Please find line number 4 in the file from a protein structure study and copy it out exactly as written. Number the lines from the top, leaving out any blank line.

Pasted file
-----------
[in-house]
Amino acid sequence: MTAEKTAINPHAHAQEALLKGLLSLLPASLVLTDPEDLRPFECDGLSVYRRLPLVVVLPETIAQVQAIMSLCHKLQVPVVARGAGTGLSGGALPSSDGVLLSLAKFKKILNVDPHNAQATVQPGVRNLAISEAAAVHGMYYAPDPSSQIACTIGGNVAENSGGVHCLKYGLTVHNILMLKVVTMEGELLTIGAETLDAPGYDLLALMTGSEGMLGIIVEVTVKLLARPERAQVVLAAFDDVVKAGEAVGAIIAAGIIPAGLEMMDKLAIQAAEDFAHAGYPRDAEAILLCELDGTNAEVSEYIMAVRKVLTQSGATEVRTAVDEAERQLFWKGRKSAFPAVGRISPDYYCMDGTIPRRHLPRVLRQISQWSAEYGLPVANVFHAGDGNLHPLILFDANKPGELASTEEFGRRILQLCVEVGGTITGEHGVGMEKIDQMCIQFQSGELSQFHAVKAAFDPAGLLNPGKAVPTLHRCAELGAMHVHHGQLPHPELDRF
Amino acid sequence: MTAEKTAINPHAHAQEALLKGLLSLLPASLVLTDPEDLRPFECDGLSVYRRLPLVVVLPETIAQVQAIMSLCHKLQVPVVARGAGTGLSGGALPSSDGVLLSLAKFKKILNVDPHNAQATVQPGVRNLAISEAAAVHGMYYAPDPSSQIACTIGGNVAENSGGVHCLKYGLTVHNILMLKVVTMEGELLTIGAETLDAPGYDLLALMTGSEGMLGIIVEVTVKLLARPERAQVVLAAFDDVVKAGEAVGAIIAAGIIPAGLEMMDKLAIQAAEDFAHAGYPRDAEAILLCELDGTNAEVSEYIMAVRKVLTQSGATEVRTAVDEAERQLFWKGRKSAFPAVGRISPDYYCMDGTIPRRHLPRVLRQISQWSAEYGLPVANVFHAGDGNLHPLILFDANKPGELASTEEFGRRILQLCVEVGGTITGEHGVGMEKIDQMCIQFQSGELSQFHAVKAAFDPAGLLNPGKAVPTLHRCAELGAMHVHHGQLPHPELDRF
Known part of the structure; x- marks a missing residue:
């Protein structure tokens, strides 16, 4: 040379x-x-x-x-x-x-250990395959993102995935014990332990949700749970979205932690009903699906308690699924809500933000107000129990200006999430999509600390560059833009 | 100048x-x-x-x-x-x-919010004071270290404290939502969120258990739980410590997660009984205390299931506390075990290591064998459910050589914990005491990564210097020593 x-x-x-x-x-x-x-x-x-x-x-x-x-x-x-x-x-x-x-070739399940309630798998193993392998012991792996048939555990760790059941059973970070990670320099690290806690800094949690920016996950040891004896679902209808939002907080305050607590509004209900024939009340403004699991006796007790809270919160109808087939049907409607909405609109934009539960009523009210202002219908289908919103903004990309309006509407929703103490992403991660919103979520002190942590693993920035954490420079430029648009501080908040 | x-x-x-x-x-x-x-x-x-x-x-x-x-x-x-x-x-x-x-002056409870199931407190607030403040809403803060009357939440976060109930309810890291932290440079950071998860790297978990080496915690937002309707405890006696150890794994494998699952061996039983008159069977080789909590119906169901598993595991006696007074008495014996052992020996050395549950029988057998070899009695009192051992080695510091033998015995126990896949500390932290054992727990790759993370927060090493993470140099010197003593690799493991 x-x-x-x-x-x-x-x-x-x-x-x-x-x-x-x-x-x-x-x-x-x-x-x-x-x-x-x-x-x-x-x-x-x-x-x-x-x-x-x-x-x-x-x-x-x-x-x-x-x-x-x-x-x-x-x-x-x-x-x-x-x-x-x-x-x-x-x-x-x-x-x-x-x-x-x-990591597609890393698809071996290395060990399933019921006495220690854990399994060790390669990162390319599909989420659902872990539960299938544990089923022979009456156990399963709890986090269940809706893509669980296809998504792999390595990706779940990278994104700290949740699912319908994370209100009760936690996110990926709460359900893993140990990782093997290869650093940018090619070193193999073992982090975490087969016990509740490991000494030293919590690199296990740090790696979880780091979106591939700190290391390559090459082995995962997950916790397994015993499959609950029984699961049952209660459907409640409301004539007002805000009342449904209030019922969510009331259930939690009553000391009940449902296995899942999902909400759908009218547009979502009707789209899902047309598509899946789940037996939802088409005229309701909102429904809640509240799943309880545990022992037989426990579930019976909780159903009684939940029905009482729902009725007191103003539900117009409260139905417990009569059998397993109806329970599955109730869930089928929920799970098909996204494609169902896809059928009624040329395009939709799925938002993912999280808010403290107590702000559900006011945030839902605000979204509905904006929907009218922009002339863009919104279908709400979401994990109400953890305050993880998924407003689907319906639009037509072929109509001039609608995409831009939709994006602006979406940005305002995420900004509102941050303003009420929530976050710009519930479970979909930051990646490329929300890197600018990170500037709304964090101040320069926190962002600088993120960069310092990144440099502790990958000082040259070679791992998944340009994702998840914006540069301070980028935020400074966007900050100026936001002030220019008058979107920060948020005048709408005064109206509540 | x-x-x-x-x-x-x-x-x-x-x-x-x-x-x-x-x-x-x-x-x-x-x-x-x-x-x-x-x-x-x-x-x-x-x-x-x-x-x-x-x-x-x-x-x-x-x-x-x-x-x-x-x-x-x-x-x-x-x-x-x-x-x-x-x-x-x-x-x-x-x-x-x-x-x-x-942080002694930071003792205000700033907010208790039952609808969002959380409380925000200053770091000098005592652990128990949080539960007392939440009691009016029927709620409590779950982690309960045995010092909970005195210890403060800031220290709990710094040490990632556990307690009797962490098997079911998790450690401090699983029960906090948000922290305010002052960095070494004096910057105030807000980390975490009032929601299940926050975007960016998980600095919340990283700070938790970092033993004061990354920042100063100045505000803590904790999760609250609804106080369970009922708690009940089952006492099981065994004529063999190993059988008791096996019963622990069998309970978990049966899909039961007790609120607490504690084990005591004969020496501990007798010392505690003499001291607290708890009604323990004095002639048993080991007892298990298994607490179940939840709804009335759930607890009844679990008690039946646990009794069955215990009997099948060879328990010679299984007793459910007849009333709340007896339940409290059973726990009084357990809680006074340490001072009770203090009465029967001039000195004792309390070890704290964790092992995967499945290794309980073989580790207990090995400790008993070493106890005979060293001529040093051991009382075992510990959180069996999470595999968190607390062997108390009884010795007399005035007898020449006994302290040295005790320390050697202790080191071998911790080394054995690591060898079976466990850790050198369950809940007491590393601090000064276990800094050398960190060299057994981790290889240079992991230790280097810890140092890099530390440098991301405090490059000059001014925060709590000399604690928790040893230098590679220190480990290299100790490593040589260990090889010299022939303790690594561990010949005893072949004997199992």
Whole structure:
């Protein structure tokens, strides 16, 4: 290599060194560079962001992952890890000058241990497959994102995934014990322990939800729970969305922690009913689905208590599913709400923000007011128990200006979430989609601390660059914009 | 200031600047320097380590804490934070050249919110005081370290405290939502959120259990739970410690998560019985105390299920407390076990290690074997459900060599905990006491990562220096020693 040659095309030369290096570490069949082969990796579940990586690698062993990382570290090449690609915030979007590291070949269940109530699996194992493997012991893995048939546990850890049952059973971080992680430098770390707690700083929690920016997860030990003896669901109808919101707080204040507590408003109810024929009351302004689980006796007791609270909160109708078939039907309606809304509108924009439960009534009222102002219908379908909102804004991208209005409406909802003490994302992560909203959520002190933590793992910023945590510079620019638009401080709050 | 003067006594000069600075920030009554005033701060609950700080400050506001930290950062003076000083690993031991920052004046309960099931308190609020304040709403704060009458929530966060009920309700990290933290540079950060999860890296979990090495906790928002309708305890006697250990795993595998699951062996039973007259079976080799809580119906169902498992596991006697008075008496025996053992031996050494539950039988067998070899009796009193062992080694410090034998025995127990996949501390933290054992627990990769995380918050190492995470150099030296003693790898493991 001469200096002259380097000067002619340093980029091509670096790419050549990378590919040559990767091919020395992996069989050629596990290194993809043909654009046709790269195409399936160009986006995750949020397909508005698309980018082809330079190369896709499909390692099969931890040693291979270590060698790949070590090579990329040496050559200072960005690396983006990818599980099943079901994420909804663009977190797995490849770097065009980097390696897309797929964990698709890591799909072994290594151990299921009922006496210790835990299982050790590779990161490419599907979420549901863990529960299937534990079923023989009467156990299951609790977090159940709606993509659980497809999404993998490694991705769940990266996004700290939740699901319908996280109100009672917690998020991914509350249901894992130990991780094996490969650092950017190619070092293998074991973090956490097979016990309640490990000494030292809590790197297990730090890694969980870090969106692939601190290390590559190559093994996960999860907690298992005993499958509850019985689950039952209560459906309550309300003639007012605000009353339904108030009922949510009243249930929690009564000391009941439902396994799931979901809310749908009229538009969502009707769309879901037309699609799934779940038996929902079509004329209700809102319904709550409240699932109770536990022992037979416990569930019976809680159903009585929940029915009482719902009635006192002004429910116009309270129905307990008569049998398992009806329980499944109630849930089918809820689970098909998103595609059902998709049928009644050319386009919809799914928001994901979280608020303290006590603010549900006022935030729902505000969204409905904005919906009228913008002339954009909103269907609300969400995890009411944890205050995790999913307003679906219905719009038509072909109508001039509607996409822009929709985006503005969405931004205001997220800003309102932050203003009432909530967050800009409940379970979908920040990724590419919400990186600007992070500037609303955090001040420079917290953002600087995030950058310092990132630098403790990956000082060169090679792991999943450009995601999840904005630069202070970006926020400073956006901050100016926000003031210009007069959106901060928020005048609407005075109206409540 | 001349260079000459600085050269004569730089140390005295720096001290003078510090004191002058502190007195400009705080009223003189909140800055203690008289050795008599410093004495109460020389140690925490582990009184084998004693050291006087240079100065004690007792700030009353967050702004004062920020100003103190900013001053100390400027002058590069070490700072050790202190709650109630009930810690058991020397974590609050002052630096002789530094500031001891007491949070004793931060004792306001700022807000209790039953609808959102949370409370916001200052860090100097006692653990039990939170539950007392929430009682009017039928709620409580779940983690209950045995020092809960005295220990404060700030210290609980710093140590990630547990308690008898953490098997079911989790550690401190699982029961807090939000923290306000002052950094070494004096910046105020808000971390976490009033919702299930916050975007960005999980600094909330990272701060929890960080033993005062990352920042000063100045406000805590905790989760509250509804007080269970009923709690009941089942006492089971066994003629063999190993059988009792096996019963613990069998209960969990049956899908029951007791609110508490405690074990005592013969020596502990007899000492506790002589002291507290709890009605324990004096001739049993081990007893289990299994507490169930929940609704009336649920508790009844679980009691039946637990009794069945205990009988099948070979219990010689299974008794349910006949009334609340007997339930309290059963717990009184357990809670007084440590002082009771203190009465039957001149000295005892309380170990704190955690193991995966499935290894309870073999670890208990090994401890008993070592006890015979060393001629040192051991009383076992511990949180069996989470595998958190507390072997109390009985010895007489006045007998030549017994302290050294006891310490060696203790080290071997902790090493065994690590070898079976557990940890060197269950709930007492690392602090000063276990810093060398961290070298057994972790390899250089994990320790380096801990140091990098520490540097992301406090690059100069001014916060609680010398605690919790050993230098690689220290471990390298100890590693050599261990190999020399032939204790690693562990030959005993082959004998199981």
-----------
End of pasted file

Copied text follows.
Known part of the structure; x- marks a missing residue: